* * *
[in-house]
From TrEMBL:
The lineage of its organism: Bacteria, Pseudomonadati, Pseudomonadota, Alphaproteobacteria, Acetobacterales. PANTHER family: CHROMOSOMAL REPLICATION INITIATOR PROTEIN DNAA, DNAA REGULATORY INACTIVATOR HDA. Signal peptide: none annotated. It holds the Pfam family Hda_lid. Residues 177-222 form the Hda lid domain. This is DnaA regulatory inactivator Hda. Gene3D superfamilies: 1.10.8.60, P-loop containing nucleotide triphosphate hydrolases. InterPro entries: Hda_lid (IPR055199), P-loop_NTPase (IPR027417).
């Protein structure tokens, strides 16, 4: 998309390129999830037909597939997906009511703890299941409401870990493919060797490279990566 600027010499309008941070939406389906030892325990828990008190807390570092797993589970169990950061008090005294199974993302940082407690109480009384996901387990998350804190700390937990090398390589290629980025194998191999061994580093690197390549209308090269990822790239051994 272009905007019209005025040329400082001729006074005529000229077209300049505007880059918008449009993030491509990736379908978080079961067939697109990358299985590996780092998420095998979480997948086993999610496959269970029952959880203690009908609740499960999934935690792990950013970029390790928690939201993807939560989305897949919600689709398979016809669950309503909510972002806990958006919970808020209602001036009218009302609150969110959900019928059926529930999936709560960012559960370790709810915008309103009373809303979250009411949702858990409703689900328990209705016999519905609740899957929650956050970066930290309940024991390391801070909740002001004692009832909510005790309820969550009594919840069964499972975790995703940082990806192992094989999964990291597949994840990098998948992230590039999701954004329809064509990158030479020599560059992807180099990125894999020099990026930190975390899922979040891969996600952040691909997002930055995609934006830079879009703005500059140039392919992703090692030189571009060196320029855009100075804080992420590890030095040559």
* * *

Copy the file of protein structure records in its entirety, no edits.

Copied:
[in-house]
From TrEMBL:
The lineage of its organism: Bacteria, Pseudomonadati, Pseudomonadota, Alphaproteobacteria, Acetobacterales. PANTHER family: CHROMOSOMAL REPLICATION INITIATOR PROTEIN DNAA, DNAA REGULATORY INACTIVATOR HDA. Signal peptide: none annotated. It holds the Pfam family Hda_lid. Residues 177-222 form the Hda lid domain. This is DnaA regulatory inactivator Hda. Gene3D superfamilies: 1.10.8.60, P-loop containing nucleotide triphosphate hydrolases. InterPro entries: Hda_lid (IPR055199), P-loop_NTPase (IPR027417).
């Protein structure tokens, strides 16, 4: 998309390129999830037909597939997906009511703890299941409401870990493919060797490279990566 600027010499309008941070939406389906030892325990828990008190807390570092797993589970169990950061008090005294199974993302940082407690109480009384996901387990998350804190700390937990090398390589290629980025194998191999061994580093690197390549209308090269990822790239051994 272009905007019209005025040329400082001729006074005529000229077209300049505007880059918008449009993030491509990736379908978080079961067939697109990358299985590996780092998420095998979480997948086993999610496959269970029952959880203690009908609740499960999934935690792990950013970029390790928690939201993807939560989305897949919600689709398979016809669950309503909510972002806990958006919970808020209602001036009218009302609150969110959900019928059926529930999936709560960012559960370790709810915008309103009373809303979250009411949702858990409703689900328990209705016999519905609740899957929650956050970066930290309940024991390391801070909740002001004692009832909510005790309820969550009594919840069964499972975790995703940082990806192992094989999964990291597949994840990098998948992230590039999701954004329809064509990158030479020599560059992807180099990125894999020099990026930190975390899922979040891969996600952040691909997002930055995609934006830079879009703005500059140039392919992703090692030189571009060196320029855009100075804080992420590890030095040559």